FREQUENTLY ASKED QUESTIONS

1. What is Asian American Studies?

Asian American Studies focuses on the lived experiences, histories, and critical contributions of Asians in and to the United States. It is a multidisciplinary area of study that, while housed in American Studies, spans into fields such as Political Science, English/Comparative Literature, Gender and Sexuality Studies, Art History, Anthropology, Sociology and Legal Studies.

2. What is the difference between Asian and Asian American Studies?

Asian Studies focuses on the history and culture of Asian people living in Asia, while Asian American Studies is interested in the experiences of Asian American citizens and immigrants living in the United States. While Asian Studies and Asian American   Studies might intersect in the field of diaspora studies of the Asian people, the intellectual origin and theoretical concerns of the two area studies are different.

3. Why do we need Asian American Studies?

Asian American Studies provides an opportunity for not only Asian American students to learn about their identity and history, but also for all students to learn about the unique ways Asian American experiences have shaped and defined American culture and society. Moreover, Asian American Studies is not just for Asian American students but for all Williams students because it provides a critical space for learning about the integral contributions, sacrifices, and continued investment of Asian Americans across all disciplines that constitute all of our curricula today. We believe that enrollment pressures and student demand over the past 27 years indicates that there has been a sustained, significant interest in Asian American Studies at Williams College. 

4. Who are we? What are we asking for?

We are a group of Asian American students at Williams College who are fighting for the establishment of an Asian American studies program at Williams. Our supporters include the two largest student body governments on campus, College Council and Minority Coalition, as well as Davis Center and many AAPI & non-AAPI students, faculty, trustees, & alumni. Our demands include:

  • A link on the course catalog for cross-listed discipline in Asian American Studies immediately.

  • The immediate hiring of one tenured or tenure-track Asian Americanist professor in the event that a current Asian Americanist should retire or otherwise leave the college.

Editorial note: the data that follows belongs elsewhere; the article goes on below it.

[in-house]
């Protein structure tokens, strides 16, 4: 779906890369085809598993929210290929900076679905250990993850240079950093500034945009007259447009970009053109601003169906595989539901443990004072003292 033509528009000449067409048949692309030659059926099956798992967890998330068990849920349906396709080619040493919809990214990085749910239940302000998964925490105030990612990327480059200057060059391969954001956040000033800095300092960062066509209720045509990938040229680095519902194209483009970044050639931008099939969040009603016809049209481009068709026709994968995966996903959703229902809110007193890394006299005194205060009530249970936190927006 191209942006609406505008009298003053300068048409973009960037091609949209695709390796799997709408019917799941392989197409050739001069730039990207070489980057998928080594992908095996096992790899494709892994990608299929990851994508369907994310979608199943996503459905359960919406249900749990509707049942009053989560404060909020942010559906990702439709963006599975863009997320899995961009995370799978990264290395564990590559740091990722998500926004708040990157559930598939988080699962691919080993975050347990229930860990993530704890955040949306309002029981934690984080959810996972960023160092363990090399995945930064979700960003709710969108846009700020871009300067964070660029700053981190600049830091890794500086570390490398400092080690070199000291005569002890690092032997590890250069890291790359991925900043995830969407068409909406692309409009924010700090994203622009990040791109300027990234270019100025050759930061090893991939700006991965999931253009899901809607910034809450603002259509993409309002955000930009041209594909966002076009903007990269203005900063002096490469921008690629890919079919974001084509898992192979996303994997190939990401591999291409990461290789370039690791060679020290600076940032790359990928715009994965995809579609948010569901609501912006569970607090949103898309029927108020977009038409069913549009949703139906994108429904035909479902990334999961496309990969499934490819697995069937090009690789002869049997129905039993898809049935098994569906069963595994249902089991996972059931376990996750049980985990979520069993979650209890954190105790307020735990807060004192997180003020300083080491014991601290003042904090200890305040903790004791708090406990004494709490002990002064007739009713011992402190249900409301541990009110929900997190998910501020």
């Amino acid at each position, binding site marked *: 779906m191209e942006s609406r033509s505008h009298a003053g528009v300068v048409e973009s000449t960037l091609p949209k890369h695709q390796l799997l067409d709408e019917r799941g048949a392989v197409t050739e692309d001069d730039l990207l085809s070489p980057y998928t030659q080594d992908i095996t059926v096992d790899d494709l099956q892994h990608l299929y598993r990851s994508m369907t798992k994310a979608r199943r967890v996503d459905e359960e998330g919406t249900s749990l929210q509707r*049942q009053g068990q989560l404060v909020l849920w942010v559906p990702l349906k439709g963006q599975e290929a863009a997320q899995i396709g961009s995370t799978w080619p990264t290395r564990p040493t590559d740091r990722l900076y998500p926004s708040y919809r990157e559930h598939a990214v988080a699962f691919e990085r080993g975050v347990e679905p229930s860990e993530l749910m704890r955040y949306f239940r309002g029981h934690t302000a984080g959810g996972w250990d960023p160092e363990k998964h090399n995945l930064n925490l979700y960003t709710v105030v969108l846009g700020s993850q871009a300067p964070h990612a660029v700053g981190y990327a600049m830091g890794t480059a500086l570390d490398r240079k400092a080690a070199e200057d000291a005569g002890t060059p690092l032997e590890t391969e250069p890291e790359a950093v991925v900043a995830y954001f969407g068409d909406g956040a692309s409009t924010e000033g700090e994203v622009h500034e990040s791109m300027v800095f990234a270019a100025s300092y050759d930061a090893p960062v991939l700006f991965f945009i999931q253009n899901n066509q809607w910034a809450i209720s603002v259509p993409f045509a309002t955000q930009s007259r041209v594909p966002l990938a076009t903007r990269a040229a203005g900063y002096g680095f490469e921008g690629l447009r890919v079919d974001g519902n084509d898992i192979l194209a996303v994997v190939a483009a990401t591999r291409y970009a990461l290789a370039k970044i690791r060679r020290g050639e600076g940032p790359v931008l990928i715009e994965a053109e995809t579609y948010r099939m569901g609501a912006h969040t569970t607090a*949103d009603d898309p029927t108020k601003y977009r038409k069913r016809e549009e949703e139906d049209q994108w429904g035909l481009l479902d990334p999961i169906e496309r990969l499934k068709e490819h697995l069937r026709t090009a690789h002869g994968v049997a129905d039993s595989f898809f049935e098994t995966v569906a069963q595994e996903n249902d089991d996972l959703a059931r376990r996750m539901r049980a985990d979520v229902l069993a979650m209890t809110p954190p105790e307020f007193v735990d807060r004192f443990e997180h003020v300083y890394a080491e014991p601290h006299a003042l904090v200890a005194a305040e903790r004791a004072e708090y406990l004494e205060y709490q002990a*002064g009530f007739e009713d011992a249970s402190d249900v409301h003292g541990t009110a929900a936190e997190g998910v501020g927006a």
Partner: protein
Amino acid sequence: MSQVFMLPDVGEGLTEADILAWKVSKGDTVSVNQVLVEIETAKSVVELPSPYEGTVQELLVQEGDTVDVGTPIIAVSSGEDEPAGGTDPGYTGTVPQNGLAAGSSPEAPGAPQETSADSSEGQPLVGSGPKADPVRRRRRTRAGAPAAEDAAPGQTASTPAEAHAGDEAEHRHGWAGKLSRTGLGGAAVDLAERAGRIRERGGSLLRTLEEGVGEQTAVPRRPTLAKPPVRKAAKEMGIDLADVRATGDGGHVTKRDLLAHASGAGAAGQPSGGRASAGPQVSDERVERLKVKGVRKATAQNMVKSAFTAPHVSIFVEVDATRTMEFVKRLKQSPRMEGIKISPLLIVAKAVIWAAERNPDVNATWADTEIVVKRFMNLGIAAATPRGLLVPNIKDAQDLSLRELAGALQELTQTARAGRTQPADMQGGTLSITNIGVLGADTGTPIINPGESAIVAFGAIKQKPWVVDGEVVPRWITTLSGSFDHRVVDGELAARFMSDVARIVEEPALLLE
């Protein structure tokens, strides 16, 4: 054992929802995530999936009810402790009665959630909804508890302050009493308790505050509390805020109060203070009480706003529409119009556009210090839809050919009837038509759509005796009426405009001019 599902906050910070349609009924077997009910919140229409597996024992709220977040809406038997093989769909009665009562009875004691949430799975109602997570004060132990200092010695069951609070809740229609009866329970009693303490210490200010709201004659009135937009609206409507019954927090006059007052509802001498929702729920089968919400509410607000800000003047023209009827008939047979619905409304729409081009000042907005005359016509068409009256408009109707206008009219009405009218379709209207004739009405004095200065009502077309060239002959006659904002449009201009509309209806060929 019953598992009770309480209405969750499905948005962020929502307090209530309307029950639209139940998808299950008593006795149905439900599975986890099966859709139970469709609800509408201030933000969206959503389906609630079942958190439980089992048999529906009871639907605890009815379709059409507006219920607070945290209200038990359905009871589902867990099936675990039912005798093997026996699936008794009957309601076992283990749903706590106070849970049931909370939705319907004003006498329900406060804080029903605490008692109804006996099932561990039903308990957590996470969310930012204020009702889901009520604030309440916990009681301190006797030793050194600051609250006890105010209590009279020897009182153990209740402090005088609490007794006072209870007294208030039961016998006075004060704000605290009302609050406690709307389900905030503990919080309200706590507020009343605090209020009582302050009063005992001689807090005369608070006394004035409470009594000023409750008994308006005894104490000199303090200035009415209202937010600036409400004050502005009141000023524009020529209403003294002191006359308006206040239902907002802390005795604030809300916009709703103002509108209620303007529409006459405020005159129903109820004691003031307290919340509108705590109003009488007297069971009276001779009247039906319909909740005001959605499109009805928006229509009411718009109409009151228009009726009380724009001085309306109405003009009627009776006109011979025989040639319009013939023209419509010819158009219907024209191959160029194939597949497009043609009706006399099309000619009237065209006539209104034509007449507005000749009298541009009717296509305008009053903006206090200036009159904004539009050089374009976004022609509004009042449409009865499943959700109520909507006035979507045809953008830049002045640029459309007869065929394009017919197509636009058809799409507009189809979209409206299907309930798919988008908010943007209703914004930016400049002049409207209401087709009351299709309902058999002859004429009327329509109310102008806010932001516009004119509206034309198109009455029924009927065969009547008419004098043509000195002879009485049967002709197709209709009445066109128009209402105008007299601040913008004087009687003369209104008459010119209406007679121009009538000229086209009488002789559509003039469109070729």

• The allocation of 1.0 new FTEs in Asian American Studies by the end of a 3-year period (for a total of 2.0 FTEs on average)*

  • The written and public commitment towards the establishment of Asian American Studies by the end of a 5-year period

  • The allocation of 2.0 additional FTEs in AAS by the end of a 5-year period (for a total of 4.0 FTEs a year on average)*

*Please note that a 1.0 FTE is a total of four classes in a given year; even if additional Asian Americanists are hired, their FTE allocations must be geared towards Asian American Studies rather than other courses. Our request for 4.0 FTEs in Asian American Studies is nearly impossible to be completed without the hiring of more visiting or tenure-track professors to contribute those FTEs. Please see Terms & Definitions for more details.

We believe that the establishment of an Asian American studies program is a crucial step towards getting the college to meet its dedication to completing our Williams curriculum and naturally increasing diversity of its faculty.

5. How has Williams responded to similar movements in the past?

On March 12, 1969, African American students occupied Hopkins Hall for several days in order to prompt administrative action for 15 demands on the establishment of an Afro-American studies department. 34 students occupied Hopkins while over 300 allies surrounded the hall to rally and guard the building. Due to this occupation, Williams agreed to meet 12 of the 15 demands proposed by the Williams Afro-American Society [WAAS], which included the addition of African American studies into the curriculum and the hiring of more Black faculty.

In 1991, three students went on a four-day hunger strike to create the tenure-track post in Latinx Studies. In 1993, a group of 75 Latinx students and their supporters held a rally to outline their three demands to the college and announce a hunger strike intended to continue until the demands were met. Three days later, 24 people were participating in the fast. The hunger strikes occurred out of frustration after attempting a variety of other tactics, including several petitions, articles in the Record, and letters to the administration. To this day, in LATS 105, students read the letter of demands issued to the administration during the 1993 hunger strike. In 2001, with the hire of Professor Whalen, the College finally began to seriously consider the creation of LATS, resulting in the hire of 5 professors in the LATS program over the course of 6+ years.

6. Where are we now?

We have demanded that Williams make a public commitment to establishing an Asian American Studies program at the end of these five years. However, the College has made no public commitment towards AAS, and thus once again ignores the demand of their underserved students. They have granted a yearlong study through the Curricular Planning Committee (CPC) and a cluster for Asian American Studies on the course reader. These steps make no tangible efforts towards establishing AAS; thus, we are standing for what we believe in to show the College that this matter is vital for the entirety of our campus. We will no longer stay quiet while the College denies us our histories and lived experiences.

7. How can YOU support the Asian American Studies Movement?

See Take Action for more!